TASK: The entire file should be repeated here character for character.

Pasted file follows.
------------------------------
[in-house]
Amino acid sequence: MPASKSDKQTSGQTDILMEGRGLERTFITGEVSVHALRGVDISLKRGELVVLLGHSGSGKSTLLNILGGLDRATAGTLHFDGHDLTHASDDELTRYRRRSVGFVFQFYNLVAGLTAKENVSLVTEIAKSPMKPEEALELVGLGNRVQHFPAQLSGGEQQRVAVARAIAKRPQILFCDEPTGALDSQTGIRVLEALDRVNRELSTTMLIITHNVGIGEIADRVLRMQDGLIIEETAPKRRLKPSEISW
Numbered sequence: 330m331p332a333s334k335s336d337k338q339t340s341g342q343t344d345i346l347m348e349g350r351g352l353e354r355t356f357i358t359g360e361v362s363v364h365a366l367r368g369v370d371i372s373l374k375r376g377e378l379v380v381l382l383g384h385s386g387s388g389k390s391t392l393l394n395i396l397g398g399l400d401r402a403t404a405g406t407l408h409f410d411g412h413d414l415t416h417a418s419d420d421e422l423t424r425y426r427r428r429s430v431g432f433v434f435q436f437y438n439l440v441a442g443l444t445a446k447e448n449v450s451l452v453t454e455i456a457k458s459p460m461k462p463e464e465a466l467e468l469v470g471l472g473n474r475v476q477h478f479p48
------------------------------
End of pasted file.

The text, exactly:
[in-house]
Amino acid sequence: MPASKSDKQTSGQTDILMEGRGLERTFITGEVSVHALRGVDISLKRGELVVLLGHSGSGKSTLLNILGGLDRATAGTLHFDGHDLTHASDDELTRYRRRSVGFVFQFYNLVAGLTAKENVSLVTEIAKSPMKPEEALELVGLGNRVQHFPAQLSGGEQQRVAVARAIAKRPQILFCDEPTGALDSQTGIRVLEALDRVNRELSTTMLIITHNVGIGEIADRVLRMQDGLIIEETAPKRRLKPSEISW
Numbered sequence: 330m331p332a333s334k335s336d337k338q339t340s341g342q343t344d345i346l347m348e349g350r351g352l353e354r355t356f357i358t359g360e361v362s363v364h365a366l367r368g369v370d371i372s373l374k375r376g377e378l379v380v381l382l383g384h385s386g387s388g389k390s391t392l393l394n395i396l397g398g399l400d401r402a403t404a405g406t407l408h409f410d411g412h413d414l415t416h417a418s419d420d421e422l423t424r425y426r427r428r429s430v431g432f433v434f435q436f437y438n439l440v441a442g443l444t445a446k447e448n449v450s451l452v453t454e455i456a457k458s459p460m461k462p463e464e465a466l467e468l469v470g471l472g473n474r475v476q477h478f479p48